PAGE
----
Silver Screen: Paranormal Activity IV *
Who needs an atomic clock when we have horror-movie sequels? If you need something to set your watch by, just use the convenient and predictable stream of scary-movie franchises rolling out their latest low-budget cash-in just in time for Halloween. Used to be you could mark the changing of the seasons with the release of the latest Saw. Now Saw is deposed, and the latest replacement for the sundial and Stonehenge is the inevitable new installment of Paranormal Activity. (Hey, it's better than the bad old days of Saw-- you can't say nothing has gotten better during the Obama administration.)
By this point, we all know pretty much what to expect when we're introduced to a pleasantly generic, white suburban family with a love of audio-visual equipment. This time around our haunted heroine is Alex (Kathryn Newton), an almost supernaturally well-behaved teen living with her mostly absent parents and adopted little brother Wyatt (Aiden Lovekamp). A single mother with a strange little boy move in next door, the mother goes missing, and our friendly family decides, against what must certainly be every legal statute imaginable, to take in the spooky little boy, Robbie (Brady Allen).
It isn't long before things start going bump in the night, prompting Alex to wrangle her conveniently tech-savvy boyfriend (Matt Shively) to rig what seems to be the fifteen computers in their house to all constantly record video. They capture footage of Robbie wandering the house at night alone, whispering secrets to Wyatt, and also some strange sounds and shadows. When the wayward mom next door returns home, surprise surprise, it's Katie Featherston (played by the non-haunted Katie Featherston), and the incidents intensify.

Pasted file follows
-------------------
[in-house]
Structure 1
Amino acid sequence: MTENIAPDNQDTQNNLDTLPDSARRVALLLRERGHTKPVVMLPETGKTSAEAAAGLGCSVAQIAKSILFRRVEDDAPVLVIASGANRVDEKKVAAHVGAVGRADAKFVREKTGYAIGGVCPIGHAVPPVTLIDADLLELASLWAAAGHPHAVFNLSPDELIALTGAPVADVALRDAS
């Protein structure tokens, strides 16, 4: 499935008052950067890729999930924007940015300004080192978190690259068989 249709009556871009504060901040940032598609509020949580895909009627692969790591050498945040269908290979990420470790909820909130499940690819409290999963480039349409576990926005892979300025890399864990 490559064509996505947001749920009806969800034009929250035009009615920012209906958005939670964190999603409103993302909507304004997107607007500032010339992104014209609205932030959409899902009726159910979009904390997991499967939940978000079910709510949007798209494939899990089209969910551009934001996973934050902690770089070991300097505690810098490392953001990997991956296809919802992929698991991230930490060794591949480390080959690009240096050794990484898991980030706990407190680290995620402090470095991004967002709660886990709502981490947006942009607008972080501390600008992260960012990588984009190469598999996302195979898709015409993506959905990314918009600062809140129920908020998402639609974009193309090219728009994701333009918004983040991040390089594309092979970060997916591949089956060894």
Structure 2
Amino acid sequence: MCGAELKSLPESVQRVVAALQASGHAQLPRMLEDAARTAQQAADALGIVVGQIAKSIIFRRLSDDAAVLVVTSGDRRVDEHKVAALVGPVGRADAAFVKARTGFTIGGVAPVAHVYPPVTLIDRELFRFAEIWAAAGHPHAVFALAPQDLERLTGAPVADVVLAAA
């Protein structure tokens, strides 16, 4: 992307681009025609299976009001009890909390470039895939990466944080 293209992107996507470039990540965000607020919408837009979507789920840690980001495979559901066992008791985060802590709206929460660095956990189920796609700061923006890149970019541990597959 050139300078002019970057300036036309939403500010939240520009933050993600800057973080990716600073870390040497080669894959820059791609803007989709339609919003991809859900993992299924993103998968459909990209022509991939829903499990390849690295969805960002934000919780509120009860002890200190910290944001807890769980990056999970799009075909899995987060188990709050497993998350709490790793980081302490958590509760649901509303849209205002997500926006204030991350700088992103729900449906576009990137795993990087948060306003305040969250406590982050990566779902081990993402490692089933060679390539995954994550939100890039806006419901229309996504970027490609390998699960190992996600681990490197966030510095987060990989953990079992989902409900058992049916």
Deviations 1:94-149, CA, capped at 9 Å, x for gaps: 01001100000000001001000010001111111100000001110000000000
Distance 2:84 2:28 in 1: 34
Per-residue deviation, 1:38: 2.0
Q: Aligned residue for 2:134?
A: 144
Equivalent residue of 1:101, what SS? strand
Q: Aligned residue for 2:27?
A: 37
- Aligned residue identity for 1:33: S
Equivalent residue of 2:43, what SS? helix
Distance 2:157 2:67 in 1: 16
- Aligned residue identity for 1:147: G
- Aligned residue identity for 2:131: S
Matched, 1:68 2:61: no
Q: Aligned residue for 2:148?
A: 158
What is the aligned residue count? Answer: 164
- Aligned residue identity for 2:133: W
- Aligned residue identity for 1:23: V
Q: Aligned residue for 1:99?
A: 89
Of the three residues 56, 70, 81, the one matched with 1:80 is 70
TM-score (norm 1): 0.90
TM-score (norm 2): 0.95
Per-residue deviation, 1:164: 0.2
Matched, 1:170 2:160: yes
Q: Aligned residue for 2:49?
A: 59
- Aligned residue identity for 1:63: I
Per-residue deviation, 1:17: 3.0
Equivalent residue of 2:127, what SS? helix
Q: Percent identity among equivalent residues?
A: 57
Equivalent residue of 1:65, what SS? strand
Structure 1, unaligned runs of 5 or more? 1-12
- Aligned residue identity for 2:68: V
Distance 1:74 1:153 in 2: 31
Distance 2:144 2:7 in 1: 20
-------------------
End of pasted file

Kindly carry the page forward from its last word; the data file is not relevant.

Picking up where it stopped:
The genius of the original Paranormal Activity was to render squeaking doors and swinging chandeliers genuinely terrifying at the apex of torture-porn cinema. Oren Peli's original bucked just about every trend imaginable, and in doing so conjured up a real sense of dread not seen in a horror movie in years.
But now the Paranormal Activity formula has become rigidly codified, and those creaky doors and loose chandelier chains have gone right back to seemingly, hopelessly antiquated. The tension that mounted in the original, when almost nothing happened but seemingly anything could, has been replaced by the tedium of waiting for the paranormal to get truly active. It was an hour into the original before something started to pull the sheets of Katie Featherston while she slept; half an hour into the fourth installment, some unseen force physically lifts Alex out of bed and levitates her. To say the effect is diminished would be an understatement.
Perhaps the biggest problem with the series is its stupefying insistence to stay with the Katie Featherston story when the real star of Paranormal Activity was the gimmick and the aesthetic. The particulars of the demon that haunted Katie and her sister weren't terribly unique or interesting. Yet rather than craft sequels that use the successful techniques but create new characters and mythologies that could pack some surprises, we're still dealing with Katie, who's not so much scary anymore as a pretty brunette actress who only appears on movie screens in October. Meanwhile, codirectors Henry Joost and Ariel Schulman fail to come up with any nifty innovations like the fan-mounted camera in Part III-- their big idea here is to use the motion-capture lights from a Kinect to form creepy shapes in the dark. It's as lame as it sounds.
The closing-credits sequence, set in a botanica and spoken entirely in Spanish, at least promises some kind of potential change in the next one, though I'm not confident La Actividad del Fantasma will be any better. Time to give up the ghost.
Follow Bryan Miller on Twitter@bmillercomedy.